University of Central Florida physicist Zenghu Chang has done it again. For a third time this year, his research group has published an article in a Nature journal.
This time, Chang and his team have developed a new ultrafast light source for observing electron motion in molecules – made up of nuclei and electrons – at the point before the nuclei start to move. By being able to observe what actually happens, scientists can begin to understand how an electron interacts with other electrons, which may help improve the efficiency of solar cells.
"The charge migration that theorists have been predicting since 1999 happens so quickly we haven't been able to observe it yet," Chang said. "It's very exciting, because we have found a new way to build light sources that may allow us to see it in the future."
Being able to see this superfast interaction between electrons gives scientists another tool to unlock the rules that govern the quantum-mechanics world – a world where microscopic objects don't obey the laws of physics we have come to rely on for understanding in the macro world.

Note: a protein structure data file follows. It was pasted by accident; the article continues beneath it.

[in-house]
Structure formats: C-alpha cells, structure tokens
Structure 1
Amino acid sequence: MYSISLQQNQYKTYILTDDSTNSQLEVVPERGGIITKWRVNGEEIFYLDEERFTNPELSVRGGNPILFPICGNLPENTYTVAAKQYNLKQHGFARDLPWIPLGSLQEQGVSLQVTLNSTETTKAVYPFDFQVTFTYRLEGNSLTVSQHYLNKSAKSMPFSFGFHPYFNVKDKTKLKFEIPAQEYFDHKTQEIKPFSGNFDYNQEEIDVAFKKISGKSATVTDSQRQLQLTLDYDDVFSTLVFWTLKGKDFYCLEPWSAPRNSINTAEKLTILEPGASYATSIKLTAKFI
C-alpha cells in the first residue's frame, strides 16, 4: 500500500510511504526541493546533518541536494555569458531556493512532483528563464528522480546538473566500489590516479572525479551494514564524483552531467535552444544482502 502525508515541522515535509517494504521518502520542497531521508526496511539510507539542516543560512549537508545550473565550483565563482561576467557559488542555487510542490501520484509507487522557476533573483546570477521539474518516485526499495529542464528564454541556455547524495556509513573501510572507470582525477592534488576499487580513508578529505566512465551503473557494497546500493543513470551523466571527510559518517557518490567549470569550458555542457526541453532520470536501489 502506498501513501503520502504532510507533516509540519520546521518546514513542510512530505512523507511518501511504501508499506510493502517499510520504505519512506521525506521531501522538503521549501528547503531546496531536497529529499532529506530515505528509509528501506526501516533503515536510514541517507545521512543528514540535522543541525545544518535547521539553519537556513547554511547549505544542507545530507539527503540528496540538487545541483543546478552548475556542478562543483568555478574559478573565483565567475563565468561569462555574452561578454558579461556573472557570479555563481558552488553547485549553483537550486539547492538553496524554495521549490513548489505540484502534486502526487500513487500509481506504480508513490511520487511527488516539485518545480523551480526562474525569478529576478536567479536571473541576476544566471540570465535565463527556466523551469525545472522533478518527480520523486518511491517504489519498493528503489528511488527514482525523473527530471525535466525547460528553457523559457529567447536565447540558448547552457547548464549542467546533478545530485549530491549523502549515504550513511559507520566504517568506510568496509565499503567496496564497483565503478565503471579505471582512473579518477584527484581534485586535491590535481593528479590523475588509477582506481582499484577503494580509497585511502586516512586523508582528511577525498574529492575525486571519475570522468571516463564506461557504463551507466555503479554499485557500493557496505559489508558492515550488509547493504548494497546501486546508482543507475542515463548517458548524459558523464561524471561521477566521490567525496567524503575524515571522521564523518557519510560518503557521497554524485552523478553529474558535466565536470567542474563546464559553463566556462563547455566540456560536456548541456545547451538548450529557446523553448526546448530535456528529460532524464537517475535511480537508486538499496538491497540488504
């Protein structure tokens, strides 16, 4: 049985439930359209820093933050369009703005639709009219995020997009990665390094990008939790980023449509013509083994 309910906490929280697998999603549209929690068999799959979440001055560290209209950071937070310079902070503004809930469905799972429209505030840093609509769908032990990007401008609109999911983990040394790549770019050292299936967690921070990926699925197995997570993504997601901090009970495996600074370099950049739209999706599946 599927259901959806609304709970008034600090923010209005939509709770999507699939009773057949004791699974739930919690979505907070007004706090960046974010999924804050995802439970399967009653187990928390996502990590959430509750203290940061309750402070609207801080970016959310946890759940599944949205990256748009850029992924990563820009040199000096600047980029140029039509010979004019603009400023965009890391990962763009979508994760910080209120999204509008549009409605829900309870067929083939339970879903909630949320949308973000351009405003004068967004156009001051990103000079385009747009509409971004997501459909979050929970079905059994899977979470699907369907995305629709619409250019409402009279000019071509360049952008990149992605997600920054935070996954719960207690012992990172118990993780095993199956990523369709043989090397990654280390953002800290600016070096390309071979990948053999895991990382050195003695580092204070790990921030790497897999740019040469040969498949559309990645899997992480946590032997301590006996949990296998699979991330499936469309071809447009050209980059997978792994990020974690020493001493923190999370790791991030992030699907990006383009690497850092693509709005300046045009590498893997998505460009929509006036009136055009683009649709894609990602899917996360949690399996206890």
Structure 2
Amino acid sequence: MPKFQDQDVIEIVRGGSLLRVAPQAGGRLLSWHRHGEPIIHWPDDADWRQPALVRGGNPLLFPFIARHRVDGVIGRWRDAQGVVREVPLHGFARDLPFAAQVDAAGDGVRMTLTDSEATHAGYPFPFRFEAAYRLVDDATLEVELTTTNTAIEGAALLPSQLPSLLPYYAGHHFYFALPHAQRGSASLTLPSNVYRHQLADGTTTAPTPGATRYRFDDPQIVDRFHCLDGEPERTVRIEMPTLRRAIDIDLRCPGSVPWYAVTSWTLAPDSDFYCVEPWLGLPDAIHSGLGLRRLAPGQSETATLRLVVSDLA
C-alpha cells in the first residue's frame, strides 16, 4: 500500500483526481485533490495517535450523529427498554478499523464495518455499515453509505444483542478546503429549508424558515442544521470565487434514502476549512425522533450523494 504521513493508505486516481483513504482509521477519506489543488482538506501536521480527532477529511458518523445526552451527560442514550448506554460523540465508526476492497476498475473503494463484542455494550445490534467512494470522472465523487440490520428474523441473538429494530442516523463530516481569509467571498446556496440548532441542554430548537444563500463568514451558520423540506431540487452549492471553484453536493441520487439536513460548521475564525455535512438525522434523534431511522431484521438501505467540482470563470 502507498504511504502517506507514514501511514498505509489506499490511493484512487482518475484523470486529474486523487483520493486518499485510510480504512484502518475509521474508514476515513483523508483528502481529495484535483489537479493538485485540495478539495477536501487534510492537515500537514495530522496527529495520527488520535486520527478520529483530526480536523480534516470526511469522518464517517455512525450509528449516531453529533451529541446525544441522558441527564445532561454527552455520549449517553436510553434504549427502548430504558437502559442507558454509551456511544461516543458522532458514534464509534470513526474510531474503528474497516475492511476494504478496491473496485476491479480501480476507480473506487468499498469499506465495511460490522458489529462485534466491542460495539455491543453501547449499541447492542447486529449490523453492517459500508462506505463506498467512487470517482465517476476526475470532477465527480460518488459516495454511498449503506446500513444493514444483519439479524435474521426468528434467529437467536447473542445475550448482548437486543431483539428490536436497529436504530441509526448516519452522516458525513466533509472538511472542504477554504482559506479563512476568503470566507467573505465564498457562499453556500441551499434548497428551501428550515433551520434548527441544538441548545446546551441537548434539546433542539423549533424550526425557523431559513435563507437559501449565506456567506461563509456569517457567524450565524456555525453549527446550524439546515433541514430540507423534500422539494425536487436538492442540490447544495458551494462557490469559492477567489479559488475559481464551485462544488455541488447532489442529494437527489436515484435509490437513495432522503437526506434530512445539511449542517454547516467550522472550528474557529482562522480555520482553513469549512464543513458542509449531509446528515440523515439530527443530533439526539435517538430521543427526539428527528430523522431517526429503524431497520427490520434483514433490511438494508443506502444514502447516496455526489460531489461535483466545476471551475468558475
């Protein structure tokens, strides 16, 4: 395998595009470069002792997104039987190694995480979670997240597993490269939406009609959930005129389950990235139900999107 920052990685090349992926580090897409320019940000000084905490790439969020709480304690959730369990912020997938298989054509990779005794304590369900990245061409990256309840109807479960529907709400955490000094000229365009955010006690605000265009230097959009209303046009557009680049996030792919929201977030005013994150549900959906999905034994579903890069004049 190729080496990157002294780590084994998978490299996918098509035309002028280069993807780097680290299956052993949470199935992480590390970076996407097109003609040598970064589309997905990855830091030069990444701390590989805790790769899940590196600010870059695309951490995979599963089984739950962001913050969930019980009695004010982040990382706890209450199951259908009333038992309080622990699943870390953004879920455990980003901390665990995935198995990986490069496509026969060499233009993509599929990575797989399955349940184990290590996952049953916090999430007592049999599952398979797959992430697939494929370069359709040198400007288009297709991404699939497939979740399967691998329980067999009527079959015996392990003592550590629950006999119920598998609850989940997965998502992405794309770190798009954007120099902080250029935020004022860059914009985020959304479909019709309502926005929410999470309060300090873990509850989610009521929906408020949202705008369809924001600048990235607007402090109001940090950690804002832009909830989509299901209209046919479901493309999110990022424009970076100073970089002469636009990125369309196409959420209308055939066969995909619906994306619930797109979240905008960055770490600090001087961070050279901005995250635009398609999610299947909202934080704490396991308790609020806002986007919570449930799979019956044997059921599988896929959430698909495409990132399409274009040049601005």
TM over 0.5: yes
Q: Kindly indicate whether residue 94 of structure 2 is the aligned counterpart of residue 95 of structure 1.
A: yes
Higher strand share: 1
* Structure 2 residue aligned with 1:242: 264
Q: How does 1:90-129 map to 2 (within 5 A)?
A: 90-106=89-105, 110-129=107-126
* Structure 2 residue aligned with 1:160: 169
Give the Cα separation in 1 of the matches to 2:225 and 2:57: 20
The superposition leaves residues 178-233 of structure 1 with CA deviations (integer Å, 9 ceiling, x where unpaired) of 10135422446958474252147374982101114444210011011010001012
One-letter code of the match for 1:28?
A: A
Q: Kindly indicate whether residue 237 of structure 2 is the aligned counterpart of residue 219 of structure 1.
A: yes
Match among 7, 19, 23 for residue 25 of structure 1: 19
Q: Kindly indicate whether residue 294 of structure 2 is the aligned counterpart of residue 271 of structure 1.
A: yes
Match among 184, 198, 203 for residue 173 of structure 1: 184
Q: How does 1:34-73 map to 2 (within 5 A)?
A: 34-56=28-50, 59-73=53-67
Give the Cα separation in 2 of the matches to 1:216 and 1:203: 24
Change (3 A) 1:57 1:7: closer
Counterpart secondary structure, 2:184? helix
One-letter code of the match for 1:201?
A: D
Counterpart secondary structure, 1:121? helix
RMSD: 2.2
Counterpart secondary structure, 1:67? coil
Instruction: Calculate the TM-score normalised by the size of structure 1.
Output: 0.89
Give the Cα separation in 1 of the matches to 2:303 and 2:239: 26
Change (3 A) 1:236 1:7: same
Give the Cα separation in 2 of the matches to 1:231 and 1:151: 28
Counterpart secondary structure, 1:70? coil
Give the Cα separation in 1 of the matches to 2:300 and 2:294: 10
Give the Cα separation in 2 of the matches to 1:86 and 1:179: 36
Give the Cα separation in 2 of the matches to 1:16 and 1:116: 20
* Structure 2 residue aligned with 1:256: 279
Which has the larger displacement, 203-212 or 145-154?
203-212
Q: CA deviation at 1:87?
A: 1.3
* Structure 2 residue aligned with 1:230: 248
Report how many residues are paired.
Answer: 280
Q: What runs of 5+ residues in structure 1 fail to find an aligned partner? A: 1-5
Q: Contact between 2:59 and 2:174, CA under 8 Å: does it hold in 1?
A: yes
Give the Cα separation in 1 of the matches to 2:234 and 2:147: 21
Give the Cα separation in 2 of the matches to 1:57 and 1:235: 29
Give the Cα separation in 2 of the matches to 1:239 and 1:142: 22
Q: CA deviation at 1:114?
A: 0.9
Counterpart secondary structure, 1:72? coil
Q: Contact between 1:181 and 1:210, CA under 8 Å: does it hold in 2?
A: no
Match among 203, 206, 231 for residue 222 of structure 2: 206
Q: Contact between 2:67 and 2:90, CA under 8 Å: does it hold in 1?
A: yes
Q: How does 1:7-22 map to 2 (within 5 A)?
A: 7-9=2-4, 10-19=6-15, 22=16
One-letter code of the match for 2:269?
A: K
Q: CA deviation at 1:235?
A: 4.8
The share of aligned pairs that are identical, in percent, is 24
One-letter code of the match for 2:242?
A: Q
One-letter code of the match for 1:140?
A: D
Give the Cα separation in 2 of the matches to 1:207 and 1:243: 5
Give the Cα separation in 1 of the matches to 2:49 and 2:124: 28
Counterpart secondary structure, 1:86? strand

So how did Chang and his team manage to develop the new light source? The team borrowed an idea from Chang's earlier innovative work in the area of ultrafast lasers.
"We control the below-threshold harmonic light emission by using electromagnetic fields with time-dependent ellipticity, like we have done to the above-threshold high-order harmonics," said Chang referring to the creation of a 67-attosecond pulse of extreme ultraviolet light, which earned him international recognition. "We thought: Could we use the same gating fields to show the dependence of the below-threshold harmonic intensity on the carrier-envelope phase of the driving laser? It took us some time to find the right experimental parameters, but the answer is yes."
The result of his study "Coherent phase-matched VUV generation by field-controlled bound states" appears this week in Nature Photonics.
Chang has been studying light and ultrafast lasers his entire career. This past year UCF established the Institute for the Frontier of Attosecond Science and Technology (FAST). The institute is a collaboration between experts and students in UCF's College of Optics and Photonics (CREOL) and the College of Sciences' physics department to focus on this field of science.